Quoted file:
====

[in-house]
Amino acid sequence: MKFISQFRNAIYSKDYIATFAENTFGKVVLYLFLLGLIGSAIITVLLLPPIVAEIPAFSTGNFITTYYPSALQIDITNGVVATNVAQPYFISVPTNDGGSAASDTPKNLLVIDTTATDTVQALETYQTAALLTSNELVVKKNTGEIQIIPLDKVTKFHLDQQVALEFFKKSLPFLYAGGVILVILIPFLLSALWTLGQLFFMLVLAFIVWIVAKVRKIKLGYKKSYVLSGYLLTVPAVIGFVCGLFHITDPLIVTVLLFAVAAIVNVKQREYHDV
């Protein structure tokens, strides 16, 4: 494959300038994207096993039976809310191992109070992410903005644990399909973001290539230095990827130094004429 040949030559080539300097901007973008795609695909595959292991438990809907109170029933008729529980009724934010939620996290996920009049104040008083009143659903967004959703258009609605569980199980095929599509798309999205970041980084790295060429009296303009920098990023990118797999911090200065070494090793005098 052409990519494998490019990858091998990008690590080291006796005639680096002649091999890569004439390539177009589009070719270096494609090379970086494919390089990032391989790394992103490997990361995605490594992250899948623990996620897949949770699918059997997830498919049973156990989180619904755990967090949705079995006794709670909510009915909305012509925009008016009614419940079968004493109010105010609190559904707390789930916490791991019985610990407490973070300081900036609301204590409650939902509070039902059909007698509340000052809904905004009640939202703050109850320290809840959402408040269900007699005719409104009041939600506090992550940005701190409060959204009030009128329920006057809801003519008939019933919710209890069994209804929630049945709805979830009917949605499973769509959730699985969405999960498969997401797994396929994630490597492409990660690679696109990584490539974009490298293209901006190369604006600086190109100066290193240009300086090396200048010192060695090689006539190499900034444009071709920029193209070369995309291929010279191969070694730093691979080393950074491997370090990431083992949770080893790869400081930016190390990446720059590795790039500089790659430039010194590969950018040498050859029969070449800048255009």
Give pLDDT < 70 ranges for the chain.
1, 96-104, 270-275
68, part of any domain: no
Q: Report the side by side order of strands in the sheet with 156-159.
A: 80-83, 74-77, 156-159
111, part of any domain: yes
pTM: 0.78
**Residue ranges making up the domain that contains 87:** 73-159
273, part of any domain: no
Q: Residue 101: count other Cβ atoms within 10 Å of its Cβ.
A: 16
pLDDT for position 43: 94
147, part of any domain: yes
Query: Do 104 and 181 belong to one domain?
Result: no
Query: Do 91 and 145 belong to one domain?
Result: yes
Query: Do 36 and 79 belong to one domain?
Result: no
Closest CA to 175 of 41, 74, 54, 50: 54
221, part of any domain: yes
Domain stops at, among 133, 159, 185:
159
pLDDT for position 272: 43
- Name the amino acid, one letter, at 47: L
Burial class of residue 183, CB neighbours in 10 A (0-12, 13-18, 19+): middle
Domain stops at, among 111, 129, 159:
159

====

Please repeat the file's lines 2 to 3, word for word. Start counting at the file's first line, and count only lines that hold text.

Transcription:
Amino acid sequence: MKFISQFRNAIYSKDYIATFAENTFGKVVLYLFLLGLIGSAIITVLLLPPIVAEIPAFSTGNFITTYYPSALQIDITNGVVATNVAQPYFISVPTNDGGSAASDTPKNLLVIDTTATDTVQALETYQTAALLTSNELVVKKNTGEIQIIPLDKVTKFHLDQQVALEFFKKSLPFLYAGGVILVILIPFLLSALWTLGQLFFMLVLAFIVWIVAKVRKIKLGYKKSYVLSGYLLTVPAVIGFVCGLFHITDPLIVTVLLFAVAAIVNVKQREYHDV
């Protein structure tokens, strides 16, 4: 494959300038994207096993039976809310191992109070992410903005644990399909973001290539230095990827130094004429 040949030559080539300097901007973008795609695909595959292991438990809907109170029933008729529980009724934010939620996290996920009049104040008083009143659903967004959703258009609605569980199980095929599509798309999205970041980084790295060429009296303009920098990023990118797999911090200065070494090793005098 052409990519494998490019990858091998990008690590080291006796005639680096002649091999890569004439390539177009589009070719270096494609090379970086494919390089990032391989790394992103490997990361995605490594992250899948623990996620897949949770699918059997997830498919049973156990989180619904755990967090949705079995006794709670909510009915909305012509925009008016009614419940079968004493109010105010609190559904707390789930916490791991019985610990407490973070300081900036609301204590409650939902509070039902059909007698509340000052809904905004009640939202703050109850320290809840959402408040269900007699005719409104009041939600506090992550940005701190409060959204009030009128329920006057809801003519008939019933919710209890069994209804929630049945709805979830009917949605499973769509959730699985969405999960498969997401797994396929994630490597492409990660690679696109990584490539974009490298293209901006190369604006600086190109100066290193240009300086090396200048010192060695090689006539190499900034444009071709920029193209070369995309291929010279191969070694730093691979080393950074491997370090990431083992949770080893790869400081930016190390990446720059590795790039500089790659430039010194590969950018040498050859029969070449800048255009």